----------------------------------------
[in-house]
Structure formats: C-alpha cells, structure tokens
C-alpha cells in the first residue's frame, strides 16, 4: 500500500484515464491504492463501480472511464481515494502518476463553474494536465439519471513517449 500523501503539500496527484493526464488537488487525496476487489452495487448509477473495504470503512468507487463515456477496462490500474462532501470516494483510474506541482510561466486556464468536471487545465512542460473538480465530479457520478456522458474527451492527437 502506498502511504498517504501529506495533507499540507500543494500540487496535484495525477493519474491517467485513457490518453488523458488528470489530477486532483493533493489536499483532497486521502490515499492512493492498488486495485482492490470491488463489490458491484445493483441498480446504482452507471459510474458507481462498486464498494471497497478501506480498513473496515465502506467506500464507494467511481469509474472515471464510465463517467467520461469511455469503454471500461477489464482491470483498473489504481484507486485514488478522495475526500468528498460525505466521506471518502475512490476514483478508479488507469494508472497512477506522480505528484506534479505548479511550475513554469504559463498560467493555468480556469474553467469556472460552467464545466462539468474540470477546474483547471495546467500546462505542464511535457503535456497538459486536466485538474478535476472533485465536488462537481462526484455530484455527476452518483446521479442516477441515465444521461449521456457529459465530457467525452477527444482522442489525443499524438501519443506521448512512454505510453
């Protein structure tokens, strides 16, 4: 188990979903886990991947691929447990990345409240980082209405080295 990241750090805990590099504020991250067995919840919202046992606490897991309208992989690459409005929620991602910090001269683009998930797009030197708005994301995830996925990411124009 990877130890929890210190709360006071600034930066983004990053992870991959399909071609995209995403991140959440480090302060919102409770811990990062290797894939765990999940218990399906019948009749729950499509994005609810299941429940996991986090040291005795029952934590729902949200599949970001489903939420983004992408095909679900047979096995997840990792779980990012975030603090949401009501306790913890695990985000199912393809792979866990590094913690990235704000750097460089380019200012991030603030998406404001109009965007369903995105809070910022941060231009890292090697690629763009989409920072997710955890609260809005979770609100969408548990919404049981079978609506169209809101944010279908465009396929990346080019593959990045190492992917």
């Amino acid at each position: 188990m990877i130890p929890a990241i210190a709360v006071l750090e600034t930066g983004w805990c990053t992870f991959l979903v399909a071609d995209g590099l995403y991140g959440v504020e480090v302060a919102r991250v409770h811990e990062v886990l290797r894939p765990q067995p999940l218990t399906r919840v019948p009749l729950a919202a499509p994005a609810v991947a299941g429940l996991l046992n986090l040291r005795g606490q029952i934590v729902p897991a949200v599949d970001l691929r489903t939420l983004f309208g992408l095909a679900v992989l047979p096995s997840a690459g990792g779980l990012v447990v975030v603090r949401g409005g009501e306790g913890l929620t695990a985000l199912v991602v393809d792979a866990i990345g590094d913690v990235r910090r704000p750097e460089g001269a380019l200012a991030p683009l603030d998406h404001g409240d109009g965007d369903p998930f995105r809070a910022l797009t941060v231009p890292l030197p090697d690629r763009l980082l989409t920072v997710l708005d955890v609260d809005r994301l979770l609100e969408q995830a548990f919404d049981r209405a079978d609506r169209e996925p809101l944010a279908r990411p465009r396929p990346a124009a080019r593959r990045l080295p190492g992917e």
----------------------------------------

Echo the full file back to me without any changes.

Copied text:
[in-house]
Structure formats: C-alpha cells, structure tokens
C-alpha cells in the first residue's frame, strides 16, 4: 500500500484515464491504492463501480472511464481515494502518476463553474494536465439519471513517449 500523501503539500496527484493526464488537488487525496476487489452495487448509477473495504470503512468507487463515456477496462490500474462532501470516494483510474506541482510561466486556464468536471487545465512542460473538480465530479457520478456522458474527451492527437 502506498502511504498517504501529506495533507499540507500543494500540487496535484495525477493519474491517467485513457490518453488523458488528470489530477486532483493533493489536499483532497486521502490515499492512493492498488486495485482492490470491488463489490458491484445493483441498480446504482452507471459510474458507481462498486464498494471497497478501506480498513473496515465502506467506500464507494467511481469509474472515471464510465463517467467520461469511455469503454471500461477489464482491470483498473489504481484507486485514488478522495475526500468528498460525505466521506471518502475512490476514483478508479488507469494508472497512477506522480505528484506534479505548479511550475513554469504559463498560467493555468480556469474553467469556472460552467464545466462539468474540470477546474483547471495546467500546462505542464511535457503535456497538459486536466485538474478535476472533485465536488462537481462526484455530484455527476452518483446521479442516477441515465444521461449521456457529459465530457467525452477527444482522442489525443499524438501519443506521448512512454505510453
């Protein structure tokens, strides 16, 4: 188990979903886990991947691929447990990345409240980082209405080295 990241750090805990590099504020991250067995919840919202046992606490897991309208992989690459409005929620991602910090001269683009998930797009030197708005994301995830996925990411124009 990877130890929890210190709360006071600034930066983004990053992870991959399909071609995209995403991140959440480090302060919102409770811990990062290797894939765990999940218990399906019948009749729950499509994005609810299941429940996991986090040291005795029952934590729902949200599949970001489903939420983004992408095909679900047979096995997840990792779980990012975030603090949401009501306790913890695990985000199912393809792979866990590094913690990235704000750097460089380019200012991030603030998406404001109009965007369903995105809070910022941060231009890292090697690629763009989409920072997710955890609260809005979770609100969408548990919404049981079978609506169209809101944010279908465009396929990346080019593959990045190492992917």
């Amino acid at each position: 188990m990877i130890p929890a990241i210190a709360v006071l750090e600034t930066g983004w805990c990053t992870f991959l979903v399909a071609d995209g590099l995403y991140g959440v504020e480090v302060a919102r991250v409770h811990e990062v886990l290797r894939p765990q067995p999940l218990t399906r919840v019948p009749l729950a919202a499509p994005a609810v991947a299941g429940l996991l046992n986090l040291r005795g606490q029952i934590v729902p897991a949200v599949d970001l691929r489903t939420l983004f309208g992408l095909a679900v992989l047979p096995s997840a690459g990792g779980l990012v447990v975030v603090r949401g409005g009501e306790g913890l929620t695990a985000l199912v991602v393809d792979a866990i990345g590094d913690v990235r910090r704000p750097e460089g001269a380019l200012a991030p683009l603030d998406h404001g409240d109009g965007d369903p998930f995105r809070a910022l797009t941060v231009p890292l030197p090697d690629r763009l980082l989409t920072v997710l708005d955890v609260d809005r994301l979770l609100e969408q995830a548990f919404d049981r209405a079978d609506r169209e996925p809101l944010a279908r990411p465009r396929p990346a124009a080019r593959r990045l080295p190492g992917e």